The association between FAP and anxiety can be understood within a biopsychosocial framework that recognizes the importance of emotional and social contextual processes in the experience of pain.33–36 Anxiety can alter pain sensitivity by increasing vigilance to potential threat, influencing pain coping,37 and disrupting endogenous opioid pain-control systems.37 Selective attention to pain-related information38–41 and a low threshold for alarm42 may lead patients with FAP to attend to minor discomfort and withdraw from activities, thereby potentially exacerbating their emotional distress. Abdominal pain also may legitimize children’s absence from school and other activities43; parents may try to protect their child with FAP from settings associated with pain. Without such exposure, however, children lack opportunities to learn to cope effectively with both pain and anxiety. Social anxiety, which was common in individuals with a history of FAP, may be particularly insidious in driving a fear-avoidance cycle of pain44,45 that can maintain withdrawal from social settings in which pain had been experienced previously.46
Regarding depressive disorders, lifetime risk was significantly higher in individuals with a history of FAP compared with controls (40% vs 16%), but, in contrast to anxiety disorders, depressive disorders were more likely to have developed subsequent to the medical evaluation for FAP. Current depressive disorders were rare at follow-up, however, and did not differ between individuals with a history of FAP and control subjects. Campo and colleagues13 similarly found that mood disorders were not significantly elevated in young adults with a history of FAP. Nonetheless, it is possible that pediatric FAP is associated with increased risk of depressive disorders, but because depression has a later onset and a more episodic course than anxiety disorders,47 we did not detect increased risk at the single, snapshot evaluation conducted in adolescence or early adulthood.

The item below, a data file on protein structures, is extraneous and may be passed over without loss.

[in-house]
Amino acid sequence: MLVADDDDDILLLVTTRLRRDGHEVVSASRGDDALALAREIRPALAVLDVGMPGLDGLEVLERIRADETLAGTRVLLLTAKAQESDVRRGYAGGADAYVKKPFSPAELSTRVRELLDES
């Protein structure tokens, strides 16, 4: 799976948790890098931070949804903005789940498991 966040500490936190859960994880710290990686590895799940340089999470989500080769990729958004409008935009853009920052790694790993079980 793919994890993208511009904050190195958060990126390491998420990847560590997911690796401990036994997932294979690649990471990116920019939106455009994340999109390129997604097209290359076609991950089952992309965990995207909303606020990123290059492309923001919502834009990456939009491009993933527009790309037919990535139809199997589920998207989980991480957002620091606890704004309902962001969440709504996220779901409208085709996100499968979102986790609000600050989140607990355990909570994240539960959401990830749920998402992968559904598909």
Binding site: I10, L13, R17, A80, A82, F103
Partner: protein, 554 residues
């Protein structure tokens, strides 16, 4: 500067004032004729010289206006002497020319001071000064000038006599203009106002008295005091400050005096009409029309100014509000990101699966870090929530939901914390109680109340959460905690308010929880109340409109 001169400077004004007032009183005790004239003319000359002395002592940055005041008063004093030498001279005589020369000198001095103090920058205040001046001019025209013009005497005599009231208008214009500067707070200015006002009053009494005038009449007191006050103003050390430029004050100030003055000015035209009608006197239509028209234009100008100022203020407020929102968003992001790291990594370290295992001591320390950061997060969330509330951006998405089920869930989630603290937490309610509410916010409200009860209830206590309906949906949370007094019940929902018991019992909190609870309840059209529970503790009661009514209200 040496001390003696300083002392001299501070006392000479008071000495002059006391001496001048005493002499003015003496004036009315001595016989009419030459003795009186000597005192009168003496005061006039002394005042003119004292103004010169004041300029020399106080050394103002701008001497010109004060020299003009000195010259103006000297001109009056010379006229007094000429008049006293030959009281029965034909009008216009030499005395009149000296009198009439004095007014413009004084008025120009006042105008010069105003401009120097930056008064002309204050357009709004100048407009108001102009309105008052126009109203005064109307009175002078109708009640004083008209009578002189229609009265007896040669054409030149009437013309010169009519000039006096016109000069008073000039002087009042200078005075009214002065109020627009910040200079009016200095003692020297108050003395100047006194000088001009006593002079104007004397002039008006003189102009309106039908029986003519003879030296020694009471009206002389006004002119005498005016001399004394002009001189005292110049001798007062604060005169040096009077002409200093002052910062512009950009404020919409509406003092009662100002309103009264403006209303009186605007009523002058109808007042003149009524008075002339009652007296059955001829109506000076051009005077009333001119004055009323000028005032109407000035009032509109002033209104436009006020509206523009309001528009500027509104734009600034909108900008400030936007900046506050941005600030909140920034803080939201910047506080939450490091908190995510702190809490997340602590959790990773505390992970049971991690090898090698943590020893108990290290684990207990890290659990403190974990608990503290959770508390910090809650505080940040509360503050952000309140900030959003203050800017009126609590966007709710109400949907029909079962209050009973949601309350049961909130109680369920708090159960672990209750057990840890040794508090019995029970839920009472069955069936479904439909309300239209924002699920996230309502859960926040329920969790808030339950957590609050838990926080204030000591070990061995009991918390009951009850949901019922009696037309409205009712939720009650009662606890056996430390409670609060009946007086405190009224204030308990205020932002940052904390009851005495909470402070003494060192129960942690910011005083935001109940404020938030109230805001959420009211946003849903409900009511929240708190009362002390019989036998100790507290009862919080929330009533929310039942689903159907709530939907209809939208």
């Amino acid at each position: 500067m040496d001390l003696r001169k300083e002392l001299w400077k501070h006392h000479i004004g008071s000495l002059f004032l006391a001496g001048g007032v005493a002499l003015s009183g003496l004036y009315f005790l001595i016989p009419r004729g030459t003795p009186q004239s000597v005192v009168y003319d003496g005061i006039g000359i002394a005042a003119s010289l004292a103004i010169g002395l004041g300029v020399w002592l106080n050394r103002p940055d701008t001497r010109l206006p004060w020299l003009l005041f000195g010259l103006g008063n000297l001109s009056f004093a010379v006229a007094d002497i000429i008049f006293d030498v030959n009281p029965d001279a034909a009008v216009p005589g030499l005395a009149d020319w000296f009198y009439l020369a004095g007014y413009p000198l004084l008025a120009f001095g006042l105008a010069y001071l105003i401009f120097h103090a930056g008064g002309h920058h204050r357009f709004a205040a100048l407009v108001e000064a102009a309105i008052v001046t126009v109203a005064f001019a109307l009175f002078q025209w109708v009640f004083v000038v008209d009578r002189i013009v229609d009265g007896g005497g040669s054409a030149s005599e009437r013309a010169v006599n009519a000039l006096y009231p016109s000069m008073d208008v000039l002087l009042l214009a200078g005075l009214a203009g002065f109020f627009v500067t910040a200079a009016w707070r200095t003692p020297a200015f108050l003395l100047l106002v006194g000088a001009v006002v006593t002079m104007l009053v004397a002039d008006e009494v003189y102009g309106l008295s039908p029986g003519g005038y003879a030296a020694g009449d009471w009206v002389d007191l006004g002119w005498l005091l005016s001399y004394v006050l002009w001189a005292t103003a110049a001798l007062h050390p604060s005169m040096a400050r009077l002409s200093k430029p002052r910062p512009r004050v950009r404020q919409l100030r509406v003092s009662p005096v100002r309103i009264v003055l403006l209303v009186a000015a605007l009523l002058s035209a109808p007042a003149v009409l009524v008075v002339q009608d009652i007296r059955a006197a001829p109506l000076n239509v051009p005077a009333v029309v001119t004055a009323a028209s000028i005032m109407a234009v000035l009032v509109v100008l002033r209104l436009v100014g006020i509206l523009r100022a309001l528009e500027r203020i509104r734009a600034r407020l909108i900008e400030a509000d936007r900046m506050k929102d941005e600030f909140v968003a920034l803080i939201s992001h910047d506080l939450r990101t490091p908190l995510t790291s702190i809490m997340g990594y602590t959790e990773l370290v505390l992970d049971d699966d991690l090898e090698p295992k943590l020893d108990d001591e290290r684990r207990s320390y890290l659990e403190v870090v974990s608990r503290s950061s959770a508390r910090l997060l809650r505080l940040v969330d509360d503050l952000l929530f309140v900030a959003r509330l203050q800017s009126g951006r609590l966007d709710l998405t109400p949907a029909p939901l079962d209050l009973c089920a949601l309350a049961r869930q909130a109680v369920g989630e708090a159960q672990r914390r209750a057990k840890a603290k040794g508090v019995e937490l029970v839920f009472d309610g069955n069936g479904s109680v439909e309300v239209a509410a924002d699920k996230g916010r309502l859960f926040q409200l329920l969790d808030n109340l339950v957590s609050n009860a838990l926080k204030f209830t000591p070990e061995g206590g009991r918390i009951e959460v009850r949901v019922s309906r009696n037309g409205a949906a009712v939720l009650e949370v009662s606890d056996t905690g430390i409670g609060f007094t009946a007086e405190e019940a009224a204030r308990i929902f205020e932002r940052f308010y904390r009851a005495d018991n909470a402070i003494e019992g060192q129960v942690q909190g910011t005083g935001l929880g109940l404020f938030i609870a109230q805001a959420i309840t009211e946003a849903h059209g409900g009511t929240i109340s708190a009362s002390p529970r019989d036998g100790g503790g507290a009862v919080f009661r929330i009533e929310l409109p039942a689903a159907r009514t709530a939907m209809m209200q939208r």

Risk of somatoform disorders was low and, after controlling for age and gender, did not differentiate the FAP and control groups. The DSM-IV criteria for somatoform disorders have shortcomings48 and may be replaced by a category of “somatic symptom disorders”;49 the proposed new diagnostic criteria may better distinguish individuals with and without a history of FAP.